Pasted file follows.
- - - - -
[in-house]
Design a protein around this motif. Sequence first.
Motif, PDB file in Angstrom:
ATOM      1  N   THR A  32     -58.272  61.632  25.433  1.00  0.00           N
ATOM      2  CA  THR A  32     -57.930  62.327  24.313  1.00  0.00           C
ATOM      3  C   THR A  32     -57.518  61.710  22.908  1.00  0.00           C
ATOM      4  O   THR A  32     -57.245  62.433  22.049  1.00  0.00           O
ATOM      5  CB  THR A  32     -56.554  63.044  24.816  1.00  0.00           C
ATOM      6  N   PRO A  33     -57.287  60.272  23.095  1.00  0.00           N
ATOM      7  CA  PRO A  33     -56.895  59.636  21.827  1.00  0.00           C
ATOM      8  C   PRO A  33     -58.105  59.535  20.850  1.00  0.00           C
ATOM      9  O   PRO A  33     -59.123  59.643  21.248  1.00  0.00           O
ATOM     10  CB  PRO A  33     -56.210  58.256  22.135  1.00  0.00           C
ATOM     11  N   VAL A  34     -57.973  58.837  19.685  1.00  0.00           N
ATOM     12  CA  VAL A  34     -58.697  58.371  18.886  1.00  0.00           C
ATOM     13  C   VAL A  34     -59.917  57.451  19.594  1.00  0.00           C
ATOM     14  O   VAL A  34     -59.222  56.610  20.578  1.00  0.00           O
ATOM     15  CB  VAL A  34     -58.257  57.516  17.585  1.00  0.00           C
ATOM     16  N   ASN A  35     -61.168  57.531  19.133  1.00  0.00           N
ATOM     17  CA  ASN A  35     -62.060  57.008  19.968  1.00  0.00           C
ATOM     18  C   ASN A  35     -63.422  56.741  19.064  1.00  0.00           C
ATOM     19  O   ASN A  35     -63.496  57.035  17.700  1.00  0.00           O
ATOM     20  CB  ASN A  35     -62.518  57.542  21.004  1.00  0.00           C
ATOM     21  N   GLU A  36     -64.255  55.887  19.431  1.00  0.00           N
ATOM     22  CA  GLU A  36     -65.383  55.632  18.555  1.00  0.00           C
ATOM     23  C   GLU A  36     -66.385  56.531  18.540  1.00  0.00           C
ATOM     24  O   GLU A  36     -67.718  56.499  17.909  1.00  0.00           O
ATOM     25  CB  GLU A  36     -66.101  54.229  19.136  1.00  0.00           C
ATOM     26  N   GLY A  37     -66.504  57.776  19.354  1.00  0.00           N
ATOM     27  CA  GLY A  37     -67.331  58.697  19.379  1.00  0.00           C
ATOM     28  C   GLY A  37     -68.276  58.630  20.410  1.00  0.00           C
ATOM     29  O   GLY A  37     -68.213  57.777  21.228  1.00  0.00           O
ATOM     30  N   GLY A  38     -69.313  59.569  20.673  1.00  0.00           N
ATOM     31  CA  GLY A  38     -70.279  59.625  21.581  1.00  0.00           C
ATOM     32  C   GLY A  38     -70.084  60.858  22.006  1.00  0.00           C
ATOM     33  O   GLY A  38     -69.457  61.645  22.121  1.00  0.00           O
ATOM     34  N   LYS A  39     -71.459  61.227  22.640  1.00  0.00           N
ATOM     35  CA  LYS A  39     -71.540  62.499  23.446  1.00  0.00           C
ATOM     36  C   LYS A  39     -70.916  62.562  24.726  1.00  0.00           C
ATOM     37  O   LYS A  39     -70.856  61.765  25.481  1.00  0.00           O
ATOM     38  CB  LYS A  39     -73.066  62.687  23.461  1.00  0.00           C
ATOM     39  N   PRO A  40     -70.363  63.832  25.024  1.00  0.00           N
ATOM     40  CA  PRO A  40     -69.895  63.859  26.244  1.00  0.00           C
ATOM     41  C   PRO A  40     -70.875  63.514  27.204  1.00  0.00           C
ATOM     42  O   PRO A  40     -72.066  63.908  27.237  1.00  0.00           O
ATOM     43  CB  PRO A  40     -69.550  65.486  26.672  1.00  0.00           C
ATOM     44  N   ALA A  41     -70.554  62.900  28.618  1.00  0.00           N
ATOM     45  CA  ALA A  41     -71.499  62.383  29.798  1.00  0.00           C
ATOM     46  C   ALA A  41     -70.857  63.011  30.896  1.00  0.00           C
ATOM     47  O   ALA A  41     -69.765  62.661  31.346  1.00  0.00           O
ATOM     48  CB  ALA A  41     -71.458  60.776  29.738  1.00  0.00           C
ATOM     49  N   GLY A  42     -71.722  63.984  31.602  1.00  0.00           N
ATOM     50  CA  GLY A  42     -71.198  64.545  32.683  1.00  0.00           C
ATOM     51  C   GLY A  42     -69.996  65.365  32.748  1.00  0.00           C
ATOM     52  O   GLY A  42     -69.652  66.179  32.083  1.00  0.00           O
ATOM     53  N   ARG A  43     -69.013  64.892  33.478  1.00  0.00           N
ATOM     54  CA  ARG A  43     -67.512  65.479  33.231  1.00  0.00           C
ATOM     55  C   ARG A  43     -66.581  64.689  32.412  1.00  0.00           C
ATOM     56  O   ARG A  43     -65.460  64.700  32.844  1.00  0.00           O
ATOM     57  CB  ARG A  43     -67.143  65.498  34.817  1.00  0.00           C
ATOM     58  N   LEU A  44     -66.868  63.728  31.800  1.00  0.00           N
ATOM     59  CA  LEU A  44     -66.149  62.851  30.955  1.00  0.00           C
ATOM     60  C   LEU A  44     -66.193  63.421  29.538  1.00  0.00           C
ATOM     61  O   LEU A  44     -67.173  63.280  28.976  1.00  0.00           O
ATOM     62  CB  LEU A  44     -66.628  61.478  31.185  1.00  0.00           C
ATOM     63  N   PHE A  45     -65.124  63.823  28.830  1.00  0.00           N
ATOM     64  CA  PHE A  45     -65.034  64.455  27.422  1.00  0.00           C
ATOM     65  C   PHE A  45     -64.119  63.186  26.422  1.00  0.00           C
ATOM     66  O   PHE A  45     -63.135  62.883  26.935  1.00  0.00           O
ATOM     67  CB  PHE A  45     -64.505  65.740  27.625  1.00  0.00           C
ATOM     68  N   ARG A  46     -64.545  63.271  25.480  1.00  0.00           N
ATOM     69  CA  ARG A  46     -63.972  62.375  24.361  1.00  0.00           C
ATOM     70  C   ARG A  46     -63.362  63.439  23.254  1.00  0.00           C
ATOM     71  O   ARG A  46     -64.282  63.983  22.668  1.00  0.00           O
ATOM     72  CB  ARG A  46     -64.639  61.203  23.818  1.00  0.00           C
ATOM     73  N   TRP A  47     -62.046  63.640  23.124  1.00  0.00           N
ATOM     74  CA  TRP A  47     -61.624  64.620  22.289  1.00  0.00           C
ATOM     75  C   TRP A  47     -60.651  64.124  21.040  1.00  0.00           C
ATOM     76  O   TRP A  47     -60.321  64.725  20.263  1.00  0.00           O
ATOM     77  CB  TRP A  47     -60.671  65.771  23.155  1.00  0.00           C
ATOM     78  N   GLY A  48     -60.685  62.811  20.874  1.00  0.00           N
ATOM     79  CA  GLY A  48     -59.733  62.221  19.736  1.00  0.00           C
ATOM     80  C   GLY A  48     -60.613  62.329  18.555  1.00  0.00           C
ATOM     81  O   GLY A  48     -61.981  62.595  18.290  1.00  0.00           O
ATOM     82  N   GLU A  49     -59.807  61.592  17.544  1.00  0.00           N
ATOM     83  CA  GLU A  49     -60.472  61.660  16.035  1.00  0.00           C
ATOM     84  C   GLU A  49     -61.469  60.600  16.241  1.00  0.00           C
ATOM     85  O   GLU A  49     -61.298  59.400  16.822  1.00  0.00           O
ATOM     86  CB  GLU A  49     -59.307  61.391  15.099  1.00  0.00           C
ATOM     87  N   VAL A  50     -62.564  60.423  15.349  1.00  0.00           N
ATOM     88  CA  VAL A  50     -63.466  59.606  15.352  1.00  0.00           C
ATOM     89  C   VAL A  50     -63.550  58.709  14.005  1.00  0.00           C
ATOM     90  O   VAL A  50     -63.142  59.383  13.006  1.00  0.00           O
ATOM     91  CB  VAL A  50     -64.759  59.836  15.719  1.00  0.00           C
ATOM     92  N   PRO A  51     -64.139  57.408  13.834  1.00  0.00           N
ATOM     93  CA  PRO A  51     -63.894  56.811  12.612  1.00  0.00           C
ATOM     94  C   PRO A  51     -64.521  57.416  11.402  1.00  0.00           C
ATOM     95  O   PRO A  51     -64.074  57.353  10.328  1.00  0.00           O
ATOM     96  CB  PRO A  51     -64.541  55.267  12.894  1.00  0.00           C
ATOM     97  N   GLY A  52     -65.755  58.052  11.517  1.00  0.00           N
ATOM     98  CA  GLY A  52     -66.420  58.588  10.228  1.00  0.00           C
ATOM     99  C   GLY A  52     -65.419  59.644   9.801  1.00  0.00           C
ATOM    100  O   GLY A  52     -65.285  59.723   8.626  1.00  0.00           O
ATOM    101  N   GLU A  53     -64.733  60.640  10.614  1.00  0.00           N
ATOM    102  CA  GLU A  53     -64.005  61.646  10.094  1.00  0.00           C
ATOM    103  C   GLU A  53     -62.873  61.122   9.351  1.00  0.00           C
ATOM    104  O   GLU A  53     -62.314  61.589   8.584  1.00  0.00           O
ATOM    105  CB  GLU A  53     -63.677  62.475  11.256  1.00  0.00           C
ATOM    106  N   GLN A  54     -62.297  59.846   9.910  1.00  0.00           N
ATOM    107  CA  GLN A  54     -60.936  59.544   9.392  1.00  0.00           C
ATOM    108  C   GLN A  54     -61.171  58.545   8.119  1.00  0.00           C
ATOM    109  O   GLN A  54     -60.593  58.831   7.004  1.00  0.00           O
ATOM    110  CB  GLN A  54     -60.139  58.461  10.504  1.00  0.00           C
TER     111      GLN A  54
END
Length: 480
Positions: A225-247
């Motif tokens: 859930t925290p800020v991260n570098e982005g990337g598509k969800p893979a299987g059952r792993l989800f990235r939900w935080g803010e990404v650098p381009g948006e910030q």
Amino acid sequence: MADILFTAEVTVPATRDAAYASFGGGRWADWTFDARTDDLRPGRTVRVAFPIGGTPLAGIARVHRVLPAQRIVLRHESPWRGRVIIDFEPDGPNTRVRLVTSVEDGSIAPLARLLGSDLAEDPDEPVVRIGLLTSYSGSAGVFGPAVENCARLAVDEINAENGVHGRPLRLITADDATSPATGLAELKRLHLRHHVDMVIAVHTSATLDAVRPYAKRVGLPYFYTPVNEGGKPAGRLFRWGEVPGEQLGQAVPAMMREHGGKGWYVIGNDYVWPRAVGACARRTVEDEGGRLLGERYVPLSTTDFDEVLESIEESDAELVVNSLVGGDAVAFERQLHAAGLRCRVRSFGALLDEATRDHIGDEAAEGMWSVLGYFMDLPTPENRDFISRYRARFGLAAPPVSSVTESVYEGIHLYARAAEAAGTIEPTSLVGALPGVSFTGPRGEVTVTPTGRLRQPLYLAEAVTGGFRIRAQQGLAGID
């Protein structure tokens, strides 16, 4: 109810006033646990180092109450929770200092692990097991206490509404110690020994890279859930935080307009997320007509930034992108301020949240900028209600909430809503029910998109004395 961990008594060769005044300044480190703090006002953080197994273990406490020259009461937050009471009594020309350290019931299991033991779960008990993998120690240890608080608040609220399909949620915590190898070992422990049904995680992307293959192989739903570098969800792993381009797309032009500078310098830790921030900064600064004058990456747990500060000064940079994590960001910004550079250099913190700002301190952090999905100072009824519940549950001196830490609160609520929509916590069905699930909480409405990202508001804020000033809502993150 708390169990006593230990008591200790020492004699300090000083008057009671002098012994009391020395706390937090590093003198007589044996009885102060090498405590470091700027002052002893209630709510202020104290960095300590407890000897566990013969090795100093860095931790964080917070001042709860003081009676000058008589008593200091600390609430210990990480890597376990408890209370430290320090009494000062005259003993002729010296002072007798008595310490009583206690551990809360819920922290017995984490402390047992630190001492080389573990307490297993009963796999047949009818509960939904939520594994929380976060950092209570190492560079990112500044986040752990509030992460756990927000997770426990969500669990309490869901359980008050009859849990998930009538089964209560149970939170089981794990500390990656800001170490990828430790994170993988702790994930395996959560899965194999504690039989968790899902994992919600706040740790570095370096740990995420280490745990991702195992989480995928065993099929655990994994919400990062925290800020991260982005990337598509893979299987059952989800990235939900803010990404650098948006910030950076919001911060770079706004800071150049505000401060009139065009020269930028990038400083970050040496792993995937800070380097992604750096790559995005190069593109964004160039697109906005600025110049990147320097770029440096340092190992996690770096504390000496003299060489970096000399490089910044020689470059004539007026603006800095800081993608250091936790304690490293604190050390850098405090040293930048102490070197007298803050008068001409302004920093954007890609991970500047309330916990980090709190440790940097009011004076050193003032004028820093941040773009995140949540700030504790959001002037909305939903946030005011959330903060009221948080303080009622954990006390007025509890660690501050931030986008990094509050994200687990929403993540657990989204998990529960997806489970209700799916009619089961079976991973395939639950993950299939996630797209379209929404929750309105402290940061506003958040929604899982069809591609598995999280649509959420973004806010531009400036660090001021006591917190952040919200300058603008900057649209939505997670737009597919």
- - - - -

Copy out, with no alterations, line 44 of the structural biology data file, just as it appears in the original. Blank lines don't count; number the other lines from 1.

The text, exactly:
ATOM     41  C   PRO A  40     -70.875  63.514  27.204  1.00  0.00           C